Kurt Ballou's muscular, weirdly bloody production (there are moments where the sound is disarmingly organic, the sounds of surgery rather than music), along with Ryan McKenney's unmistakably anguished bellows and Brian Izzi's torturously visceral riffing, keeps the record recognizable as Trap Them. The merciless pace of the last record is broken here, with interludes like "Bad Nones" forming thick, ropey waterfalls of sludgy reflection. There are unusual tempos and unhinged structures, such as on the shattering "Savage Climbers." It's "Ransom Risen," however, that is the album's secret, suppurating heart, with crawling riffs that suddenly burst into raw, vivid anger, the savage guitar work met beautifully by unpredictable roars and explosive drumming. It's one of the most exceptional songs to emerge so far this year; its only flaw is that the rest of the record dulls a little in comparison.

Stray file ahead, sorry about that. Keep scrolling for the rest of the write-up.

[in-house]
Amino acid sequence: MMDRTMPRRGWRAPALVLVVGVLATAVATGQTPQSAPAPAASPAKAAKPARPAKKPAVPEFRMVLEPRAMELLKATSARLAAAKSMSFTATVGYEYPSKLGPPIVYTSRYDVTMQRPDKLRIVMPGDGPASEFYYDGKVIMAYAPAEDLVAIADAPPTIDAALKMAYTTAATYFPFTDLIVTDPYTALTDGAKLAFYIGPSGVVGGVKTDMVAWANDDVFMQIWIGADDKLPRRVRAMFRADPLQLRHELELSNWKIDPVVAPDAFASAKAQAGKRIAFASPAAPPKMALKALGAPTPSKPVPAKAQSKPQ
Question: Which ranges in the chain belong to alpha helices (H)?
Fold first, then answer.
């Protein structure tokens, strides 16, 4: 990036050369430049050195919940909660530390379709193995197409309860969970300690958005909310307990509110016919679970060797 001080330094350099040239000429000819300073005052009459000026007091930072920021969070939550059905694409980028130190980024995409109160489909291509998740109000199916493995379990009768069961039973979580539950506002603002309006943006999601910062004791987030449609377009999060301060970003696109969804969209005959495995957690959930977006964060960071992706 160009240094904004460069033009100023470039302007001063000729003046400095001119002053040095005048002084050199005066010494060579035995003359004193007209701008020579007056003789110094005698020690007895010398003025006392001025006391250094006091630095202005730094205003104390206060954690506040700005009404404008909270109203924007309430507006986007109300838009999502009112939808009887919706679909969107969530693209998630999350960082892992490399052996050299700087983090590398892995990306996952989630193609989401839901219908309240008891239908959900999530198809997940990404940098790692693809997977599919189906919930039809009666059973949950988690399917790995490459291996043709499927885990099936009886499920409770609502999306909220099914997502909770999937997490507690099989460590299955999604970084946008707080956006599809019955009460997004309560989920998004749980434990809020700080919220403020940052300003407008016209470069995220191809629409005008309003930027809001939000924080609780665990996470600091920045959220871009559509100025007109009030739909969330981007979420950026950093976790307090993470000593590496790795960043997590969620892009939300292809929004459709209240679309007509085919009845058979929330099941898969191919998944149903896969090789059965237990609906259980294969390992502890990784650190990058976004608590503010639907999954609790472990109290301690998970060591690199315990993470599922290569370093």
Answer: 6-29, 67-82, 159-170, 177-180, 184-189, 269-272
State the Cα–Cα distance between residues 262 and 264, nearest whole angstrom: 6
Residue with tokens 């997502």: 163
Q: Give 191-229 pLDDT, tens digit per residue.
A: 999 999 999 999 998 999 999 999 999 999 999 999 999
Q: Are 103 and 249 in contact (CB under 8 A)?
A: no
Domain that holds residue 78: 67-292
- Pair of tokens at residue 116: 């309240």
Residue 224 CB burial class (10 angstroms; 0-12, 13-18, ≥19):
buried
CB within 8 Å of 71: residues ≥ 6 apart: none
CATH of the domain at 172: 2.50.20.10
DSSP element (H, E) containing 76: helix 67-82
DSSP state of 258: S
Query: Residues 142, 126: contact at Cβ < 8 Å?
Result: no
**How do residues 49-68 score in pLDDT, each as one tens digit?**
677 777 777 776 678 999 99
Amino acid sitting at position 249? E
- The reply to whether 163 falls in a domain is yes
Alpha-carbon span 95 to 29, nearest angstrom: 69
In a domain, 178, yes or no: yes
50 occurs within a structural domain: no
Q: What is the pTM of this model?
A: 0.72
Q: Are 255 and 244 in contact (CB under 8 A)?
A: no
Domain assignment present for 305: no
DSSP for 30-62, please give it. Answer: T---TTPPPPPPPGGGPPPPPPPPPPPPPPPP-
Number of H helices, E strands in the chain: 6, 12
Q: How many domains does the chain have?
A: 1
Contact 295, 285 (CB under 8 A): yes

Blissfucker is not quite as perfectly crafted as Darker Handcraft, trading control for the broken and the strange, but though the results are less even, the finest work on the record still finds Trap Them at their very best. (Prosthetic Records)